Laurie Beiner, a resident in the West Hills neighborhood, complained, “When you turn down our cul-de-sac, it looks like there is a church on our street.”
Others bemoan what they have called the “graphic nature” of the cross, as it is adorned with a crown of thorns and features drops of blood on each of its ends, where the hands and feet of Jesus would have been nailed. Atop the cross is a sign reading, “Jesus, I trust in you.”
City officials are now investigating to determine whether the cross is in violation of zoning rules, and if so, they will ask that it be removed.
Dobener, 72, told local newspapers, “I don’t understand what my neighbors are so upset about. The cross isn’t hurting anyone. It is my way of expressing my love to God and to the world … to bring God’s love to everyone.” She hopes that her First Amendment rights will be protected in the end.
Just recently, New Jersey resident Patrick Racaniello experienced a similar ordeal when he displayed a cross in his front yard.
Neighbors immediately complained. One man, Toni Tremarco, told local media, “I live three houses up and I don’t like having the cross staring right at me.”
New Jersey officials ordered that the man remove the cross he had placed on his tree because it allegedly violated a littering ordinance which prohibits citizens from posting anything on structures, including trees. The ordinance is said to be breached if anything posted is “calculated to attract the attention of the public.”
Racaniello complied and removed the cross from his tree, but then erected a six-by-four-foot replacement and put it near the front of his property. Officials once again mandated that he remove the cross, this time on charges that it was placed in an off-limits “right of way” area. City attorney Sharon Weiner defended the “right of way” regulation, explaining that it is for the protection of the general populace, as items placed in that area could be “a distraction to the traveling public.”
Racaniello then moved the cross back behind the appropriate line, so as not to be in violation of any of the ordinances. Still frustrated by his dealings with city officials, however, Recaniello took his issues to the Arizona-based Alliance Defense Fund, a coalition of Christian lawyers which advocates on behalf of “the spread of the gospel.”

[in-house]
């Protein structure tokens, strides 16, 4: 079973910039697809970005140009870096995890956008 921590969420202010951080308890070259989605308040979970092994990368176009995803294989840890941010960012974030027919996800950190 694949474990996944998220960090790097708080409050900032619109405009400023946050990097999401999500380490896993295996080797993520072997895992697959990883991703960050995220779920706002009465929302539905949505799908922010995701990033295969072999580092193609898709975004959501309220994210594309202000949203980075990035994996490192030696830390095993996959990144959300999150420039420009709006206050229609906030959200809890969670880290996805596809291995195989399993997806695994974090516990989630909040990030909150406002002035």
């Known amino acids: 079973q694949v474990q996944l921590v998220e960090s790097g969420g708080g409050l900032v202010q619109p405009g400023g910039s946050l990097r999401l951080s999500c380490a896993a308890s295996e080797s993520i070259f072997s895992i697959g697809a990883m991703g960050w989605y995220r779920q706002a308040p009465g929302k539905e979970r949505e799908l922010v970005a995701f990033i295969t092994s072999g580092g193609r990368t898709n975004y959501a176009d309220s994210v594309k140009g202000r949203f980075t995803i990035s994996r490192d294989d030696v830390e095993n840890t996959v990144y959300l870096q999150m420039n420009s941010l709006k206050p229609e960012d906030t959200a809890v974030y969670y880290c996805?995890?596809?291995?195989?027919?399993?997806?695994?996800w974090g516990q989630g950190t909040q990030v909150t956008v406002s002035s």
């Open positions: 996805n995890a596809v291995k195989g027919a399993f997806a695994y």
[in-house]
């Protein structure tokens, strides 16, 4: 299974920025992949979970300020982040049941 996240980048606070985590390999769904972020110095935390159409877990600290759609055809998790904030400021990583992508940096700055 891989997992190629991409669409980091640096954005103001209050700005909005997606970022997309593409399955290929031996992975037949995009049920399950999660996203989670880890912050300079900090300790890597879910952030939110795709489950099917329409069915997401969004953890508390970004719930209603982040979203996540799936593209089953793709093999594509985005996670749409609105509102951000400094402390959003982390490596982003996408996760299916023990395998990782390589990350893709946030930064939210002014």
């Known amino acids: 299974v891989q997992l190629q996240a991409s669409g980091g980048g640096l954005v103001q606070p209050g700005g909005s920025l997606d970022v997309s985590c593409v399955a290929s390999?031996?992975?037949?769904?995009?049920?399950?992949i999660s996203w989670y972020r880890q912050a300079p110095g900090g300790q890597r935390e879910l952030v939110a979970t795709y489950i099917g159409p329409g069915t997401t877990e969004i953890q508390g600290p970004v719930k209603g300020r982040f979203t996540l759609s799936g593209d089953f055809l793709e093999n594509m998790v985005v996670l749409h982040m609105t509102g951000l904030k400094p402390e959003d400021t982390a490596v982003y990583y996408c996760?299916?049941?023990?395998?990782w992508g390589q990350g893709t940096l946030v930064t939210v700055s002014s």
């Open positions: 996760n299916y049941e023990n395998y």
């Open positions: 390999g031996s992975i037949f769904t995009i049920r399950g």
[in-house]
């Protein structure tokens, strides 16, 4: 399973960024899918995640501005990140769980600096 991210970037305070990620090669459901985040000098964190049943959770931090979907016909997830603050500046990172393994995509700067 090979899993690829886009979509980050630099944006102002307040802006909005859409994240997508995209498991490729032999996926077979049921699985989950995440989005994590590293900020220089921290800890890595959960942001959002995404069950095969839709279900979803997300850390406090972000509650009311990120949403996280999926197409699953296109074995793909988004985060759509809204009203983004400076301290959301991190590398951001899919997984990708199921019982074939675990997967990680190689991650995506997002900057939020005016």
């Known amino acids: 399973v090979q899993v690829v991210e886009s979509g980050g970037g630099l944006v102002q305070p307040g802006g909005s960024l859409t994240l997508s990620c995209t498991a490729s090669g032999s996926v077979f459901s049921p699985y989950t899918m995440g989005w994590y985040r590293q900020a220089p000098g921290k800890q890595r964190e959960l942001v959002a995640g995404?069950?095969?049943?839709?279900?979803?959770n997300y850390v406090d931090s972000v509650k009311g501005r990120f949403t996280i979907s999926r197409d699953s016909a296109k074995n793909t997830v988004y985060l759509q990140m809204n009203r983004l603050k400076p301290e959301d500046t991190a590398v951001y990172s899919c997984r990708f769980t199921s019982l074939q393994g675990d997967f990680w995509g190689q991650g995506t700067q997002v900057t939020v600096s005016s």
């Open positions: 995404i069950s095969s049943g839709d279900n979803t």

The ADF immediately contacted the township and informed officials that they would take the case to court if Racaniello was not permitted to put the cross anywhere he wanted on his own property. ADF lawyer Jonathan Scruggs declared, “We believe this is private property, and therefore he has a right to engage in this expression. We believe that either [of the two crosses] is protected by the First Amendment.”
The change, approved unanimously by the township council Tuesday night, means the Sterling Drive resident who helped bring about the amended ordinance [may] now display a cross on a tree in his front yard — as long as the tree is not in the municipal right-of-way.
According to the amended ordinance, residents are no longer prohibited to put up notices or other postings on a structure as long as those structures are not within public right-of-ways, including 10-foot buffers that extend from curb lines onto private property.
The case in New Jersey should provide some solace for Dobener, who may eventually find herself in a full-fledged legal battle as well.
According to Charles C. Haynes, a First Amendment scholar, federal law virtually inhibits townships from imposing a land-use regulation which burdens a person’s free exercise of religion unless there is a “compelling governmental interest.” The Religious Land Use and Institutionalized Persons Act, enacted by Congress a decade ago, indicates that any regulation imposed by municipal governments must be the least restrictive to religious practice.
Those terms could protect Dobener from being compelled by the city or her neighbors to remove her cross.
The Blaze posted a poll on its website where visitors can vote on whether they believe Dobener is well within her rights. As of 10:00 this morning, 93 percent of voters said yes, while a mere 4 percent voted no, with 3 percent undecided.